It’s not about winning a referendum, it’s about engaging and educating the public.
That was the message from Joe Donovan, president of the Donovan Group, the school communications firm hired to assist the district with planning for a possible referendum.
In an interview before Tuesday night’s school board meeting, Donovan said his job is to educate the public about the district’s needs by giving residents all the facts and “communicating with integrity.”
“Sometimes people go about with the wrong idea (about the process),” Donovan said. “It’s not about passing a referendum. It’s about solving a problem.”
In the Janesville School District’s case, the problem is building maintenance. A report from Unesco, a Madison-based management company, outlined an estimated $130 million worth of work to be done in district buildings. Of that amount, $77.84 million worth was classified in the report’s two most urgent categories.
The district has already put about $15 million toward the most urgent projects. The current annual budget for maintenance work, outside of custodial work and capital improvements, is about $1.4 million, district Chief Financial Officer Dan McCrea said.
Donovan told the board it is important to present the process as one that addresses the district’s needs in a way that “builds trust among stakeholders.”
“We believe that defining success in this way is important because it dramatically changes the tactics and procedures used by the district to address its needs,” Donovan said.
Instead of conducting a public relations campaign, the effort should be focused on educating and listening to the public, Donovan said.
“If the board does seek a referendum, we urge it not to view the referendum as won or lost,” Donovan told the board. “Instead, we see that a referendum solution we presented to the voters either passed or did not pass.”
Donovan asked board members to identify which groups they wanted to engage during the referendum process. Board members suggested parent-teacher organization and association members, Forward Janesville and other business groups, and service groups.
The board also asked Donovan to prepare answers for questions that it expects residents to ask. Those could include questions about a referendum’s tax impact or about maintenance work the district has already done.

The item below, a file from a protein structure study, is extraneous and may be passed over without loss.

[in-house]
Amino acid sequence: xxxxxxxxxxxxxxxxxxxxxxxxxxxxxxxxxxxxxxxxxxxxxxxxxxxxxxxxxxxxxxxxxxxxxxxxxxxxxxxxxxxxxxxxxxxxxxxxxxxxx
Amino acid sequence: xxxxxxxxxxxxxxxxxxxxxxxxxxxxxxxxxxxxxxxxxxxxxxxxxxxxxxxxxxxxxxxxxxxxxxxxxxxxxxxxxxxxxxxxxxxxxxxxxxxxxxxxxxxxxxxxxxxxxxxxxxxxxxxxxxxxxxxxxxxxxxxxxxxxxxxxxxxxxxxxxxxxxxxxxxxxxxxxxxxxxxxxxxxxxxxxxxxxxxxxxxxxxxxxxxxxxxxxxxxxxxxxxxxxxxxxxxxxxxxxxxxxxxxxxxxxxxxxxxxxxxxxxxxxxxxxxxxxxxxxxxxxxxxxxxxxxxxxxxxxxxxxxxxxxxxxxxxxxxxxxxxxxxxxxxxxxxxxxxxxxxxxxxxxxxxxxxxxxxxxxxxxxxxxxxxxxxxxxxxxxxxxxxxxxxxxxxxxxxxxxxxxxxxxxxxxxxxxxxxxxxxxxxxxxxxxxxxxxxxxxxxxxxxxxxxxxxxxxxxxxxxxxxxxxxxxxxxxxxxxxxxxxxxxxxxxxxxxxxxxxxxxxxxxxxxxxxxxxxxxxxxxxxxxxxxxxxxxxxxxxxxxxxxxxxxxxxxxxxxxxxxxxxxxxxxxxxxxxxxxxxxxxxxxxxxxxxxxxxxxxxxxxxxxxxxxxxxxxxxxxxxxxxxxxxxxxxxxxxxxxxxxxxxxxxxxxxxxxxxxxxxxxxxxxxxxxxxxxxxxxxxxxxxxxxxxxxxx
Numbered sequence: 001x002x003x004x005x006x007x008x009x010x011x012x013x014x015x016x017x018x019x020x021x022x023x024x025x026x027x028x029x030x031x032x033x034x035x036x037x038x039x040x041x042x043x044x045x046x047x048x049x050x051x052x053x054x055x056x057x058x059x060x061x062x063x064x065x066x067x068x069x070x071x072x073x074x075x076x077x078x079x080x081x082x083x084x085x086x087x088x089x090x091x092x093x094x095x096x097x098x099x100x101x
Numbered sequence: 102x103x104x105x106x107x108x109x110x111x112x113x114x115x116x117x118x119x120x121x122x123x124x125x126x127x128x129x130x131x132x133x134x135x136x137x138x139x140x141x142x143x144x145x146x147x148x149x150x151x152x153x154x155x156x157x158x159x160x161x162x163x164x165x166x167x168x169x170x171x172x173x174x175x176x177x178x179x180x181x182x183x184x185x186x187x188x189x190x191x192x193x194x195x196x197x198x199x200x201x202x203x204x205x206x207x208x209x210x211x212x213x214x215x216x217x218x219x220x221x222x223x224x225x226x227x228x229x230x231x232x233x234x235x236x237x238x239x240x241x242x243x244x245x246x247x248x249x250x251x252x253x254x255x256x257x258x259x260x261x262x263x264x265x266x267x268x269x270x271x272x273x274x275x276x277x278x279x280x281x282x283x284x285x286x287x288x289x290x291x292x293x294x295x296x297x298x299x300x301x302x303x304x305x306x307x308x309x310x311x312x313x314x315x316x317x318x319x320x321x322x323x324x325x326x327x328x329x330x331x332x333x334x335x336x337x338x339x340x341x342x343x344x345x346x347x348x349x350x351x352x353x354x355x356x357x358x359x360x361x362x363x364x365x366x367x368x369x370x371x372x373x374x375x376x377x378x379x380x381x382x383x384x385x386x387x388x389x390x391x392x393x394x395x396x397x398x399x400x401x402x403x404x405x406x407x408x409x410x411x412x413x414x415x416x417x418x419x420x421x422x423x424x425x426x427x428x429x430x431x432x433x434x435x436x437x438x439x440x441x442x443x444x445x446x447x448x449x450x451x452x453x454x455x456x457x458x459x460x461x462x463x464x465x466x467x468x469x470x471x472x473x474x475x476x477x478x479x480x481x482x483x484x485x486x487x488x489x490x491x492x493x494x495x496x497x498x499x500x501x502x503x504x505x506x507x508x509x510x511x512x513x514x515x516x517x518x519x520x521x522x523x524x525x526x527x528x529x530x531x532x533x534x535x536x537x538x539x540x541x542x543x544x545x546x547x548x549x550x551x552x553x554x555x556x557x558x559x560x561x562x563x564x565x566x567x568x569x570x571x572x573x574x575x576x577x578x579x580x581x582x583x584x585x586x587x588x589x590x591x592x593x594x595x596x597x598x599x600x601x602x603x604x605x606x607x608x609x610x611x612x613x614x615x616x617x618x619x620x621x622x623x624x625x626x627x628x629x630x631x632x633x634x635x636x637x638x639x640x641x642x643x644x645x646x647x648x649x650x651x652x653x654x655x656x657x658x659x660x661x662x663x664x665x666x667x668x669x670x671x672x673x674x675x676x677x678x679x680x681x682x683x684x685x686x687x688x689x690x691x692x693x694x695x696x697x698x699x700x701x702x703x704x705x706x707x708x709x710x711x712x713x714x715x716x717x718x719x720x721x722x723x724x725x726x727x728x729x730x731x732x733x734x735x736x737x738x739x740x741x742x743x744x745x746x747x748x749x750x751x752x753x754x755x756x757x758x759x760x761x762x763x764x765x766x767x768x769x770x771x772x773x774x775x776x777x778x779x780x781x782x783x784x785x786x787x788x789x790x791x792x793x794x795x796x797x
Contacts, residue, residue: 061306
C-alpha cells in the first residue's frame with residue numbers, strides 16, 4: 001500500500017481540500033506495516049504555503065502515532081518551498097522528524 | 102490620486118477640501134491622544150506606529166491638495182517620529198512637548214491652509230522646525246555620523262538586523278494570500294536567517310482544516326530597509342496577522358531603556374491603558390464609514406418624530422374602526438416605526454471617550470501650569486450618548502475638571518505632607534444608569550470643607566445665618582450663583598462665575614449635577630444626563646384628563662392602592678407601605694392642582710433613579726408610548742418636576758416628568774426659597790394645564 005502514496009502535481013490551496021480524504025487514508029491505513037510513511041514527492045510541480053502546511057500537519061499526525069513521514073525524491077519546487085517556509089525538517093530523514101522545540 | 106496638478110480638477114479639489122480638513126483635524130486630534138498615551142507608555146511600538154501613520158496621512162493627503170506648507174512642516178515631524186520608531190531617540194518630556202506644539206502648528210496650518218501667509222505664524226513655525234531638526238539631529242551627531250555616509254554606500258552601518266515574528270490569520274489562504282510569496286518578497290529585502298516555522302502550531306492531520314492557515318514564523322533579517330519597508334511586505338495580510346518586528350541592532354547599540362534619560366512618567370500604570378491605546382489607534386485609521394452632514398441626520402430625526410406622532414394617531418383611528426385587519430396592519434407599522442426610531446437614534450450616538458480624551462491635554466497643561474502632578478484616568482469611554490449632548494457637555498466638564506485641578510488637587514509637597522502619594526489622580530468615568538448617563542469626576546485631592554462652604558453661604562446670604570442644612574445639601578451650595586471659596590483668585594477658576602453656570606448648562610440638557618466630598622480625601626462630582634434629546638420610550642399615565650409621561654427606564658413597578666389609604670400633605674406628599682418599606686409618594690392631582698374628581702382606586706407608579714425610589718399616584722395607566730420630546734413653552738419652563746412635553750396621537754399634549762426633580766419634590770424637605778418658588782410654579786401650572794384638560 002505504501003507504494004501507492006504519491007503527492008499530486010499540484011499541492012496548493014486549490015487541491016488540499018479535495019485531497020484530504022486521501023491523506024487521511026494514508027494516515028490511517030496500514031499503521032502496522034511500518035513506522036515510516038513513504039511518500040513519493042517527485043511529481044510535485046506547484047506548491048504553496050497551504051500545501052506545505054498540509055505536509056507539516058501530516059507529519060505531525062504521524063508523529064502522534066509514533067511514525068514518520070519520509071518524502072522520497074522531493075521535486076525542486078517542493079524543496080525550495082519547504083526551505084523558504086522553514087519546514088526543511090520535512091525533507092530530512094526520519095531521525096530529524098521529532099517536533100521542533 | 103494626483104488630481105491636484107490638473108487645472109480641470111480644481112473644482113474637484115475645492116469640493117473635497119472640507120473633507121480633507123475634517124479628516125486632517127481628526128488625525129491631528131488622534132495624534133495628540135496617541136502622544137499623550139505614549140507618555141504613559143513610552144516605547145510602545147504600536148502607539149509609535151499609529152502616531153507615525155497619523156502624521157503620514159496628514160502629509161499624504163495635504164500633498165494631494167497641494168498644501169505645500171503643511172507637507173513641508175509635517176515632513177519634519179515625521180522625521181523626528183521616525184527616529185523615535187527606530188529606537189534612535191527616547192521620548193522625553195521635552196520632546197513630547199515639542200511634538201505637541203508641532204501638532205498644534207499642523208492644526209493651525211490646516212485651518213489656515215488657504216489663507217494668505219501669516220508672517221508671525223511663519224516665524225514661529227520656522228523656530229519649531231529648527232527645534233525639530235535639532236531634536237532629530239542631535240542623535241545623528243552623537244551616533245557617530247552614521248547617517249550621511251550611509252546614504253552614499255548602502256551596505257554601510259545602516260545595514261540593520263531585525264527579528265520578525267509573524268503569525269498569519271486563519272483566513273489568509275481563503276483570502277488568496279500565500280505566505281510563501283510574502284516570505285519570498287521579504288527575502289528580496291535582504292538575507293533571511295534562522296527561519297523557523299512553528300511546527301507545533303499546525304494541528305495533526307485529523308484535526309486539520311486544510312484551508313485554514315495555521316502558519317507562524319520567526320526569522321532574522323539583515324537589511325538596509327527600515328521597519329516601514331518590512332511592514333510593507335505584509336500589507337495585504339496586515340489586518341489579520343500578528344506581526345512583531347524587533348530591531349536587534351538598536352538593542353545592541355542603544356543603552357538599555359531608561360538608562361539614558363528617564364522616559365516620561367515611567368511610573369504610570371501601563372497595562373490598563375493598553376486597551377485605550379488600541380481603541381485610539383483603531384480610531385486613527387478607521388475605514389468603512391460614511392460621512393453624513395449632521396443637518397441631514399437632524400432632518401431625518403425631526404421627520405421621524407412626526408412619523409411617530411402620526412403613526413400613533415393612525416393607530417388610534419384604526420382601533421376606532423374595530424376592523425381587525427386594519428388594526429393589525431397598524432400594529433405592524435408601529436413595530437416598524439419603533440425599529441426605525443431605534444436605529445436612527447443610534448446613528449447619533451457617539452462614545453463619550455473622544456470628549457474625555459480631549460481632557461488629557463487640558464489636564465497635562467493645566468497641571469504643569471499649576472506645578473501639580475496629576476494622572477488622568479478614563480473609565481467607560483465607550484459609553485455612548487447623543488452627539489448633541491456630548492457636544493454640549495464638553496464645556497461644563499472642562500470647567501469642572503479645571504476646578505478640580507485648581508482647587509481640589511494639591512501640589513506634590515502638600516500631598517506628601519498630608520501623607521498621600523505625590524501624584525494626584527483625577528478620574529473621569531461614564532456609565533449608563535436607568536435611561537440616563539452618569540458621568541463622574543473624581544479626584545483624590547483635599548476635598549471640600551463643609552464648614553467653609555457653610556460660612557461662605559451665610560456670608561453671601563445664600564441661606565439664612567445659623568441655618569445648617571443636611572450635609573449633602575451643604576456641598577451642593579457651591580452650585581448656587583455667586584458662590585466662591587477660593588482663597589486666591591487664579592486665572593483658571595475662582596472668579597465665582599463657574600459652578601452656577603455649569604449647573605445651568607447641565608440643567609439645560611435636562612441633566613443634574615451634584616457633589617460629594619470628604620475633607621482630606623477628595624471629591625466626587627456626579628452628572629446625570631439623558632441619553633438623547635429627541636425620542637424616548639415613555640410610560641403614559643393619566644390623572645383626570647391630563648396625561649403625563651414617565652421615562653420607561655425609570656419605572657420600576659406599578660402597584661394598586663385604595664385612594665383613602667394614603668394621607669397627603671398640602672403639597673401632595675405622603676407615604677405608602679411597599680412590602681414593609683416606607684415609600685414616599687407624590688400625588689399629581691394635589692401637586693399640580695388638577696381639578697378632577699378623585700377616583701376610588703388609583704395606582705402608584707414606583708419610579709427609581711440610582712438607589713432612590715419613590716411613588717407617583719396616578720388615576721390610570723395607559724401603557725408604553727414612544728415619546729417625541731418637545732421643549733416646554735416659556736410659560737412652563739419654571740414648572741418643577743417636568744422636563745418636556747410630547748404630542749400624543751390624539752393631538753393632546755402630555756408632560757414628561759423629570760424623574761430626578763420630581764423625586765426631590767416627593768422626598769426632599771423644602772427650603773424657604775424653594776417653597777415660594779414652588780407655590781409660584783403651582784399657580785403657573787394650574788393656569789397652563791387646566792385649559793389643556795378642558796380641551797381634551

Donovan also reminded the board of do’s and don’ts of the process.
First, he said it is important to overcommunicate and continue to do so throughout the process.
Second, Donovan said board members cannot allow their referendum efforts to evolve into advocacy. While educating the public is the goal, “we must not tell people how to vote and we must not campaign for a specific solution,” he said. Such efforts are not allowed under state law.
Finally, being completely truthful and not hiding information is the only way to build trust among voters, Donovan said.
TOWN OF FULTON
The smell of cream cheese and baking dough wafted through the old Fulton Store on Tuesday.
Country music echoed through the dining room as staff prepared for a pizza special at the store, 9413 County H, Edgerton.
The Fulton Store, which has reopened under new owners, sells a variety of grocery items just as such stores did a century ago. However, its specialty is fresh food: homemade pizzas, cookies, brownies, breakfast items and its locally renowned cinnamon rolls.
Co-owner Andrew Linsley took over the store this summer and reopened in October with business partner and co-owner Erik Thompson. The two said they wanted to offer another small-town meeting place for the community.
The store has been a house and general store since its construction in the late 1800s. It was closed for a while before Linsley and Thompson took over, but the previous owners helped teach them the business.
Linsley said he and Thompson are happy to be in Fulton.
“Fulton is a very close community. It’s almost like its own city,” he said.
Their original idea was to open a beef jerky outlet, but the men learned that jerky production would be a complicated undertaking, so they decided to reopen the Fulton Store.
The men have tweaked the menu and now offer a few more options for customers.
“The difference is mostly the variety with the rolls. We’ve been doing a roll of the month, and the menu is a little different. We bring our own flair to some of the stuff,” Linsley said.
Plenty of residents have thanked them for reopening, and the store often sells out of pizzas and sometimes cinnamon rolls.
Resident Jim Orr lives just 4 miles from the Fulton Store and had breakfast there for the first time Sunday.
“I enjoyed it,” he said. “It was great, and the sausage is fantastic.”
Orr liked the meal so much he came back Tuesday for a cinnamon roll.
“It’s close, and the food is really good. That’s the main reason we stopped,” he said.
Kitchen manager and head cook Tyler Richardson went to college to become a pastry chef and baker, but for the last five years, he has worked outside the kitchen. When the opportunity to work at the Fulton Store presented itself, he couldn’t say no.